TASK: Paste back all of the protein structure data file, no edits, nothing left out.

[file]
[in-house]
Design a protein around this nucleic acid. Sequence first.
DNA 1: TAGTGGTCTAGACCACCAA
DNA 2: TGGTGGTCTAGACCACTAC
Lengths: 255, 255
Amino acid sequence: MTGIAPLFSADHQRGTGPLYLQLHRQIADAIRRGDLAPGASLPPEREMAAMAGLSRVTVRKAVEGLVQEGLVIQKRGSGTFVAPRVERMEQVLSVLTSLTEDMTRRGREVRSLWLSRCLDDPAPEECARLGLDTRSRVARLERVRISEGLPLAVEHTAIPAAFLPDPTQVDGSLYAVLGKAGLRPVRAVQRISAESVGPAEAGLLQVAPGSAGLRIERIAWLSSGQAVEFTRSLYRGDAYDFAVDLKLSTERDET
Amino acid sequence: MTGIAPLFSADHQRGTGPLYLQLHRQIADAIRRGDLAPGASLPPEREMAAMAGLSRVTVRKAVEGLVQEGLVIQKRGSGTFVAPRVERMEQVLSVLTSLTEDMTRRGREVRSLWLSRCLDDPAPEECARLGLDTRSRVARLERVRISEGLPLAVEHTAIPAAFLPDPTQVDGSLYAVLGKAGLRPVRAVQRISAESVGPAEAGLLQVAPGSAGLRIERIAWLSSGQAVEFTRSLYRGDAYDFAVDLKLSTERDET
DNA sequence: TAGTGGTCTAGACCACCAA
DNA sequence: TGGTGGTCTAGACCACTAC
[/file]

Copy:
[in-house]
Design a protein around this nucleic acid. Sequence first.
DNA 1: TAGTGGTCTAGACCACCAA
DNA 2: TGGTGGTCTAGACCACTAC
Lengths: 255, 255
Amino acid sequence: MTGIAPLFSADHQRGTGPLYLQLHRQIADAIRRGDLAPGASLPPEREMAAMAGLSRVTVRKAVEGLVQEGLVIQKRGSGTFVAPRVERMEQVLSVLTSLTEDMTRRGREVRSLWLSRCLDDPAPEECARLGLDTRSRVARLERVRISEGLPLAVEHTAIPAAFLPDPTQVDGSLYAVLGKAGLRPVRAVQRISAESVGPAEAGLLQVAPGSAGLRIERIAWLSSGQAVEFTRSLYRGDAYDFAVDLKLSTERDET
Amino acid sequence: MTGIAPLFSADHQRGTGPLYLQLHRQIADAIRRGDLAPGASLPPEREMAAMAGLSRVTVRKAVEGLVQEGLVIQKRGSGTFVAPRVERMEQVLSVLTSLTEDMTRRGREVRSLWLSRCLDDPAPEECARLGLDTRSRVARLERVRISEGLPLAVEHTAIPAAFLPDPTQVDGSLYAVLGKAGLRPVRAVQRISAESVGPAEAGLLQVAPGSAGLRIERIAWLSSGQAVEFTRSLYRGDAYDFAVDLKLSTERDET
DNA sequence: TAGTGGTCTAGACCACCAA
DNA sequence: TGGTGGTCTAGACCACTAC